By PAT PRATT, Editor
For Don Allen, CEO of the American Veterans Traveling Tribute, it’s not about recruitment.
He believes the most important reason for viewing the Traveling Vietnam Wall and other displays soon scheduled to stop in Troy is helping future generations understand the price of the freedom that Americans enjoy today.
“It is important not because we have to recruit the next generation of our military,” Allen said. “It’s important because freedom is not free. Everybody has to water that tree at some point. We have to teach by example the people after us what it means to maintain your freedom and not give it up to bureaucrats, foreign or domestic.”
A host of activities is planned leading up to and throughout the weekend of Oct. 20-23 as the Traveling Vietnam Wall and other tributes come to Truck Centers Inc. Training Center at 2376 Formosa Rd. in Troy. The traveling wall holds the names of the 58,318 Americans killed in combat during that war and is an 80% in size replica of the Vietnam Veterans Memorial in Washington, DC.
“What we are about is honoring all the people who have sacrificed,” Allen said. “The names are important to us. If your name is on display to see, you can not be forgotten.”
Allen, a Vietnam veteran, said over the years he’s also noticed a change in the demographics of those viewing the displays. As his generation ages, a younger crowd has emerged, one interested in the sacrifices made by parents, grandparents or even friends lost in more recent conflicts.
“It’s changed over time,” Allen said. “There are not many Vietnam Veterans left. So the questions become different. Wars are for young men. My war was over years ago. So that’s the kind of demographic you are going to see. They may have had a dad in Vietnam or an uncle or something. Chances are they had a buddy killed in Afghanistan or Iraq a few years ago.”
“There are lots of different reasons to be there. And the reason is not necessarily because you are a veteran of that conflict,” he said.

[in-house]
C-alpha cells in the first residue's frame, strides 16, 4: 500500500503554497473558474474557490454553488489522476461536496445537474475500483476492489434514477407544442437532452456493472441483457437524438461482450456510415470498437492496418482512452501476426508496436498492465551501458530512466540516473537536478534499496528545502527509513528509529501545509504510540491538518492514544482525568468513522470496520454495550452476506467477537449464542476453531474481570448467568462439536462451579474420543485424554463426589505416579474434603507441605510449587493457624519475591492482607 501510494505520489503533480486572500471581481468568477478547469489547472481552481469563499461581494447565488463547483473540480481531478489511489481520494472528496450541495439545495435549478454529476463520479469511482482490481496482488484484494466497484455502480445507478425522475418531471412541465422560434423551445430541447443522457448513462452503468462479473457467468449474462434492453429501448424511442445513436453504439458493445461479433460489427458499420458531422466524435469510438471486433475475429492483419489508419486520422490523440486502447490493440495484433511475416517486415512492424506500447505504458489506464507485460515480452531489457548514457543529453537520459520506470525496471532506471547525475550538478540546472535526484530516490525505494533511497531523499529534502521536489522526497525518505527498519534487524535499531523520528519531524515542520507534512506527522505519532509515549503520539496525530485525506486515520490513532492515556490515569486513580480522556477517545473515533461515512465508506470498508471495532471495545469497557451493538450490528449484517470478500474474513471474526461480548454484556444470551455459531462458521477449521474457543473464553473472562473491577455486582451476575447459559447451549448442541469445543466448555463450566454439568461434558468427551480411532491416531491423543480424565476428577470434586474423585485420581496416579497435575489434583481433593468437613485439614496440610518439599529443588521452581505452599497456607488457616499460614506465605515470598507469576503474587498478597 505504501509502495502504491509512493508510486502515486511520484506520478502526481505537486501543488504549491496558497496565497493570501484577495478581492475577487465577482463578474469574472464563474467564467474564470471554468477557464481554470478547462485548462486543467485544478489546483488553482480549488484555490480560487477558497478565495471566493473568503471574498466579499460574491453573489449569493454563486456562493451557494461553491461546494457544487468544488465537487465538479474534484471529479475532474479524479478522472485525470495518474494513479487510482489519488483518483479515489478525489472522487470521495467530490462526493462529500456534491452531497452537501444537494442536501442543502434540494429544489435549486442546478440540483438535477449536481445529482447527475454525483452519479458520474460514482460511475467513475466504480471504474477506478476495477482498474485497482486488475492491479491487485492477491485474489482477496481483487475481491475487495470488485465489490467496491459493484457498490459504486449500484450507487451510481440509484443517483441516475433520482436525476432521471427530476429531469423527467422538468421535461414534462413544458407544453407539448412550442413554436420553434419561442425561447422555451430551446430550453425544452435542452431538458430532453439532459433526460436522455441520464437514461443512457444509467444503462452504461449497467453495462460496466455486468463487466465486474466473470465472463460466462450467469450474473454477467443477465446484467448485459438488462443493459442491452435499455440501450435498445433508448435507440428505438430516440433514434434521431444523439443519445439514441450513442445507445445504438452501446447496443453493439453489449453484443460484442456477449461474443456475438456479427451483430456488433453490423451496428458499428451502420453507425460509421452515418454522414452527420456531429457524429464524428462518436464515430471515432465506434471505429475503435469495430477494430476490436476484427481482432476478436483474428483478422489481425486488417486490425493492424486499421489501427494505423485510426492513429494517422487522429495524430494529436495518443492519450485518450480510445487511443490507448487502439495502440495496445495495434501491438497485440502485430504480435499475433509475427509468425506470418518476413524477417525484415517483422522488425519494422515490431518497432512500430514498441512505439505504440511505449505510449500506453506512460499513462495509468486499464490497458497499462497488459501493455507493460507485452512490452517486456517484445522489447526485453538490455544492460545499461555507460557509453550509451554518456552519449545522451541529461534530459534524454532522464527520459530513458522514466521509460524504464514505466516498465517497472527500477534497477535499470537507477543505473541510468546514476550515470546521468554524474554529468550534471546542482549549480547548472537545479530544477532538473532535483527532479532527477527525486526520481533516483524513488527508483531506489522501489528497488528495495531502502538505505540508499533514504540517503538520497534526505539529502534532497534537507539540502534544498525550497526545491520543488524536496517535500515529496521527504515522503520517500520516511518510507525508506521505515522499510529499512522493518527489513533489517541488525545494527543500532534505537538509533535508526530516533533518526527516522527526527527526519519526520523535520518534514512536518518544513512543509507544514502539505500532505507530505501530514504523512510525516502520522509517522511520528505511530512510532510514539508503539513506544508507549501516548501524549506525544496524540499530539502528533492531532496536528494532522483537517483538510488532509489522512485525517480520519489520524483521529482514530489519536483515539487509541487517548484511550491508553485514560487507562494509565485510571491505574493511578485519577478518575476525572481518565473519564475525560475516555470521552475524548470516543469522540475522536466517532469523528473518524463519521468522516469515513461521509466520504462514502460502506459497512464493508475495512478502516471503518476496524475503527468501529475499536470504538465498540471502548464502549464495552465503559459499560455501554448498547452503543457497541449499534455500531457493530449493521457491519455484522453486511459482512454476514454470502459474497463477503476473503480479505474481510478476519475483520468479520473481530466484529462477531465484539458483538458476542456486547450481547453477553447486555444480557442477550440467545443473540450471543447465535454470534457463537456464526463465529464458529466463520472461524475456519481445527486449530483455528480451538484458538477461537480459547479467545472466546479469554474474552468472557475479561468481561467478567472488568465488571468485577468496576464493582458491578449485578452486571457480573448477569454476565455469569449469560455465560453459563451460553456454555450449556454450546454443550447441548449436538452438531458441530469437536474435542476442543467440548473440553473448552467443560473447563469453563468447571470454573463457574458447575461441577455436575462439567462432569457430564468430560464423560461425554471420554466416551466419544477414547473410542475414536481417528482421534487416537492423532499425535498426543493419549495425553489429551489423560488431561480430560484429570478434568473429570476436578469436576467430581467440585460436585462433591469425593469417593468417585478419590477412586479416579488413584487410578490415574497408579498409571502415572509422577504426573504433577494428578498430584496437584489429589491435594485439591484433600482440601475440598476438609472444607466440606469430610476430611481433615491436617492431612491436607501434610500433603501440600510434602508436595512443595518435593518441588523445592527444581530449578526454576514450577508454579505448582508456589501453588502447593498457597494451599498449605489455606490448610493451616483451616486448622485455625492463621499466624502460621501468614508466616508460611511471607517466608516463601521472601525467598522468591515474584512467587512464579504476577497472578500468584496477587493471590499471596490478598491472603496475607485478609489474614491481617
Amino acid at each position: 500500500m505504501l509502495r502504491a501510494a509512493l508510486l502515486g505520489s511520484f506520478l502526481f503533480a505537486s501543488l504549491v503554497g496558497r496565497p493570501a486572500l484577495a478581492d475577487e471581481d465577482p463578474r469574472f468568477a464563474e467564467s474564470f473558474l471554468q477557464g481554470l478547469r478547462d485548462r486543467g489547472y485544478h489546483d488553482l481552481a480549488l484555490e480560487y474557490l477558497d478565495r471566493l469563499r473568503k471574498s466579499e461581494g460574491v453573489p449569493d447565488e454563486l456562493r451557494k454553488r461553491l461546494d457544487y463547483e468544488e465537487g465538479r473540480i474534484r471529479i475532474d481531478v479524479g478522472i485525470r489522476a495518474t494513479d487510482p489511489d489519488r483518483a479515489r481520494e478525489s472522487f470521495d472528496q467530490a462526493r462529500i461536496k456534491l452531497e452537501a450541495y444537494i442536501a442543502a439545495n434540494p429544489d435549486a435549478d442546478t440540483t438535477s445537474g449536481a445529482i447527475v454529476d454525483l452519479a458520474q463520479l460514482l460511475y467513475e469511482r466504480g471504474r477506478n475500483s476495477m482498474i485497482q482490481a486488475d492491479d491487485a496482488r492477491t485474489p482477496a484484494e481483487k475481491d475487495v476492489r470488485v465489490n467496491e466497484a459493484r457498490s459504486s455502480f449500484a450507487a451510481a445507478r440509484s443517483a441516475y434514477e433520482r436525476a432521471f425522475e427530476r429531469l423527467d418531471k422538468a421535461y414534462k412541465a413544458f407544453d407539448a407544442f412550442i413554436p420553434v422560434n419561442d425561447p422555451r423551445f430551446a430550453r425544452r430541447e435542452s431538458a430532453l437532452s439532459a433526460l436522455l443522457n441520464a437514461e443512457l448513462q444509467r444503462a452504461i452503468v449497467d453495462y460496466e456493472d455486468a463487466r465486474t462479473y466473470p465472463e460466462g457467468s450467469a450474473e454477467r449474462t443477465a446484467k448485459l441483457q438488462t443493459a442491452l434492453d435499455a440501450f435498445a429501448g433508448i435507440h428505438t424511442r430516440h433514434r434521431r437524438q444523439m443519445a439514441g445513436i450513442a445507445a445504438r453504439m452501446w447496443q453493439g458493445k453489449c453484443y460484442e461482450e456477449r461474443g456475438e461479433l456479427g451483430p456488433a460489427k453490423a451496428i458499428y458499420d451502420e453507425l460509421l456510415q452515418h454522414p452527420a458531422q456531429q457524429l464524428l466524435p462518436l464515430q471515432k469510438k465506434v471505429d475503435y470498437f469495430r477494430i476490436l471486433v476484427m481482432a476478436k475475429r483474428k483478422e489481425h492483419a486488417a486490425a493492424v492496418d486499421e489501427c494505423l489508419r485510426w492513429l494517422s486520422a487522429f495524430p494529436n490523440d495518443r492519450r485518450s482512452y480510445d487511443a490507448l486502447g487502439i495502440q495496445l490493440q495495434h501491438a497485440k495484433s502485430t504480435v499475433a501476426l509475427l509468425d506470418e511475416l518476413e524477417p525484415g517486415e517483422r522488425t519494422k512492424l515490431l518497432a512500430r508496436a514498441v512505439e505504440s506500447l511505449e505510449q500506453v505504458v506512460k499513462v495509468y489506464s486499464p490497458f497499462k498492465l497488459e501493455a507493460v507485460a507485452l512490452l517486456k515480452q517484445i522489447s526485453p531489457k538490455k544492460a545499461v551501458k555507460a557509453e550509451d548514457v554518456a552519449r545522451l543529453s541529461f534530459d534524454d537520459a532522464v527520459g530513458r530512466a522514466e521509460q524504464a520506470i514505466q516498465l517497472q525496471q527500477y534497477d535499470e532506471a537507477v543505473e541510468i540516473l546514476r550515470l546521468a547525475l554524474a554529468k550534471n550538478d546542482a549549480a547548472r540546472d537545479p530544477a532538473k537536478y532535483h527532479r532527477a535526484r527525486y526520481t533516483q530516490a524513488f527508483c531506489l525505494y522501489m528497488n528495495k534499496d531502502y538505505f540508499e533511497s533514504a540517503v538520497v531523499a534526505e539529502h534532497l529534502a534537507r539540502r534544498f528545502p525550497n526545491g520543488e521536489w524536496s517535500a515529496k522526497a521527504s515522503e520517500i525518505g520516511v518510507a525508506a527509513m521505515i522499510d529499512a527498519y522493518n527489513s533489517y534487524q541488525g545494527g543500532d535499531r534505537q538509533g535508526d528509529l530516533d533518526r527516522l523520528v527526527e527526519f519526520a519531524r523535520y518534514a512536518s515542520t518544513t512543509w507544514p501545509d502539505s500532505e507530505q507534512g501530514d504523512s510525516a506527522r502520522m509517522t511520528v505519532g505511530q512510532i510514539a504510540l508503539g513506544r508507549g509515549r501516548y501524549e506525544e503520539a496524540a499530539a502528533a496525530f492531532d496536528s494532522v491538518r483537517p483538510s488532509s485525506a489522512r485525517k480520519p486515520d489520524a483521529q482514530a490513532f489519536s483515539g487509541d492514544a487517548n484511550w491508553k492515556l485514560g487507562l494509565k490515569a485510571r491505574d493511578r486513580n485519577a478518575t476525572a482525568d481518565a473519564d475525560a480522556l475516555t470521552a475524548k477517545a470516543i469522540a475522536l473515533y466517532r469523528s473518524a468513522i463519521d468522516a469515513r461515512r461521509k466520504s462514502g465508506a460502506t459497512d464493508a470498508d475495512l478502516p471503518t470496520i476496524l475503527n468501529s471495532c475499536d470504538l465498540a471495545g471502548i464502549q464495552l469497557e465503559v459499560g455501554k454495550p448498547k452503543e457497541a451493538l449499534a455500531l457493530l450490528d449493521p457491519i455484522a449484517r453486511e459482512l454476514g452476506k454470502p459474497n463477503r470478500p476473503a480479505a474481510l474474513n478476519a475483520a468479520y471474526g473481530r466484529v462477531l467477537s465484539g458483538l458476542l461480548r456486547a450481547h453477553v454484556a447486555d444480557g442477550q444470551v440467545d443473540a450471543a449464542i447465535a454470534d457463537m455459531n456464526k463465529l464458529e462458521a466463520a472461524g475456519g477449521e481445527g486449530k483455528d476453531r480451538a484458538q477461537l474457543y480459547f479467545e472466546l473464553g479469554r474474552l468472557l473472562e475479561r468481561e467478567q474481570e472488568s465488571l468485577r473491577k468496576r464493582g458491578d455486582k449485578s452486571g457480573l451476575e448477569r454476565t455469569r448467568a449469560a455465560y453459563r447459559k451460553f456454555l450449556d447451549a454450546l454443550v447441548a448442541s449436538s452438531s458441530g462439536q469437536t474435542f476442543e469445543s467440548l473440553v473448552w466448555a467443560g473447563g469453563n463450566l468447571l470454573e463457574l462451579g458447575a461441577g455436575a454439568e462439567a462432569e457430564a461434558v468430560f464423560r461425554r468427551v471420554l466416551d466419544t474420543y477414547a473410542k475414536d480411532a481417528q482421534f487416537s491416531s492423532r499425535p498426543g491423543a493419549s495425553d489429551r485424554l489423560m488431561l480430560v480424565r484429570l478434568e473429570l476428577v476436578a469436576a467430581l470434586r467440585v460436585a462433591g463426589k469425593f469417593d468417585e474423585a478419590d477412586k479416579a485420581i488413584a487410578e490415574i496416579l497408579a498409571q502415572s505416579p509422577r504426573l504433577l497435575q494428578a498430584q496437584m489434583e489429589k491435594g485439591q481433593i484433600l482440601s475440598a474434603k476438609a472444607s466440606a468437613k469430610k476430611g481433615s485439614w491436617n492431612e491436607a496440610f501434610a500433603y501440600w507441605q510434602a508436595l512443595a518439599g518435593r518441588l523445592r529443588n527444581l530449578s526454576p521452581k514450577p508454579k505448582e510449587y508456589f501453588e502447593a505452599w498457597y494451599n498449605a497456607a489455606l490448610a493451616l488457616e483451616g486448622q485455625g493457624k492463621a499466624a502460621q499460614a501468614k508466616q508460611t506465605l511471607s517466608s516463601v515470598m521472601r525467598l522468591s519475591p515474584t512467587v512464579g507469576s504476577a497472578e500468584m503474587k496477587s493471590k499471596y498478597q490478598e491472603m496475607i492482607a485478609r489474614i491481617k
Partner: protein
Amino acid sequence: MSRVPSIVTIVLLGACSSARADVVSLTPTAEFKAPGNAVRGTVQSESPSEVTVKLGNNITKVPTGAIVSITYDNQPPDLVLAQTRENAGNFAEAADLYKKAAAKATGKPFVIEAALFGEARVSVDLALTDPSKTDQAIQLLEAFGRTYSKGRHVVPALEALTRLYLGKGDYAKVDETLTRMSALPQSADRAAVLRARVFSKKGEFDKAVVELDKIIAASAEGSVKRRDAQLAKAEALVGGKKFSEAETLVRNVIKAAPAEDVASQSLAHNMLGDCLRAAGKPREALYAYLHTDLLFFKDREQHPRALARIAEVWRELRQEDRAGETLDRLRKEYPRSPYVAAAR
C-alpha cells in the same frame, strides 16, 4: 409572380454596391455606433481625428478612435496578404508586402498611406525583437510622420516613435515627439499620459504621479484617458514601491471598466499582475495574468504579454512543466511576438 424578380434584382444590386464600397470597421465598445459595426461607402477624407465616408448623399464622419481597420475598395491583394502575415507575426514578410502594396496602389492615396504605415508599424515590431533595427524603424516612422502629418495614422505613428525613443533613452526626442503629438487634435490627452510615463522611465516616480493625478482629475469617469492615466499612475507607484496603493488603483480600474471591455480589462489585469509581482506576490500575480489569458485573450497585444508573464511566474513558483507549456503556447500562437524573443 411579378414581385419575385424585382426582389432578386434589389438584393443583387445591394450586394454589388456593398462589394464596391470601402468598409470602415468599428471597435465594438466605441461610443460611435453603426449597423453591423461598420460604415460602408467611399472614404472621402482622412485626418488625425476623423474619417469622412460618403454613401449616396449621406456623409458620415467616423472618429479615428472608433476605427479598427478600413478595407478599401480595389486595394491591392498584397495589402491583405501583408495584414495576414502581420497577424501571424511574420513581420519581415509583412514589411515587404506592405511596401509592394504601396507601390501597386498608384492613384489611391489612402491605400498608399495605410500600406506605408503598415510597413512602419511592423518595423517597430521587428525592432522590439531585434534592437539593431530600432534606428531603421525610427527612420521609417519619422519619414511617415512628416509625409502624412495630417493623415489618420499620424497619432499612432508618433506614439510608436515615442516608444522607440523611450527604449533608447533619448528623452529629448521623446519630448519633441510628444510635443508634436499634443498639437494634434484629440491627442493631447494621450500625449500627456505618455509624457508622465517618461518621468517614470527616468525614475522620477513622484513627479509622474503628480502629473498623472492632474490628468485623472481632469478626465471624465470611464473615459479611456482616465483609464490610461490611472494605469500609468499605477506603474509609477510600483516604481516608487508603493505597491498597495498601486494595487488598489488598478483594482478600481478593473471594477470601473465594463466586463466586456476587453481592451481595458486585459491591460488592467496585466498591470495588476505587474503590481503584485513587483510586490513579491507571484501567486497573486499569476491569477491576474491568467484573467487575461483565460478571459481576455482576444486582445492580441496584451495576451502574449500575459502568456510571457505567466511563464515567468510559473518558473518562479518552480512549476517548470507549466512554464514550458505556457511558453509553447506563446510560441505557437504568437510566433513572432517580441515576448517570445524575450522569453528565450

The event is sponsored by Truck Centers Inc. Jim Beaver, of the company, is organizing the event and said it is part of the center’s efforts to honor those who served, as well as bring a piece of history and a fun event to the community.
“Truck Centers have always been extremely supportive of the military, veterans, law enforcement, fire departments and all first responders,” Beaver said. “John Hopkins, the founder of the company and father of Katie Hopkins (president), is an Army veteran of the Vietnam era. Over 58,000 lost their lives in Vietnam and when the veterans came home they were virtually ignored. We hope everybody comes out and remembers the sacrifices they made.”
In addition to the tribute, Formosa Drive is set to be lined with 1,200 American flags leading up to the facility. Those efforts are led by The Flagman’s Mission, a local nonprofit with the mission of providing “patriotic and educational information and pageantry for civic, military and community funerals, parades or patriotic events,” according to the organization’s website.
Jeff Hastings of The Flagman’s Mission said the display, which will feature three-by-five foot flags on 10-foot poles, is sure to be an attention getter as anywhere between 500 and 1,000 are set to be placed leading up to the event.
“We want to create not only a patriotic memorial around the wall, but also to create awareness,” Hastings said. “Our flags fly in honor of fallen heroes. Every time they fly, not only are they flying in honor of the hero we are honoring, but all those soldiers before. That’s why we do this. It’s a memorial.”
Volunteers are requested to help place the flags. Hastings encourages students and patriotic organizations to take part. Those interested can show up at 2 p.m. Oct. 18 at Truck Center. Help is also needed to take the flags down, which will take place at 2 p.m. Oct 23. For more information contact email@example.com.
Originally formed in 1998, the tribute was purchased by Allen in 2005. At that time he ran the project as a one-man show. Over the years the tribute grew and in 2019, the doors of a permanent facility were opened in Bullard, Texas, according to the AVTT website.
By then, the AVTT had grown to feature names of those who fought in wars in Afghanistan and Iraq and many other conflicts, as well as the victims of the Sept. 11 terrorist attacks on the World Trade Center.
“What we have now, and what will be coming into Troy, includes the 80% wall and six more panels for all of the other conflicts,” Allen said. “Our intention is to honor everybody who served. So everything from Vietnam until now, we have the names of the casualties.”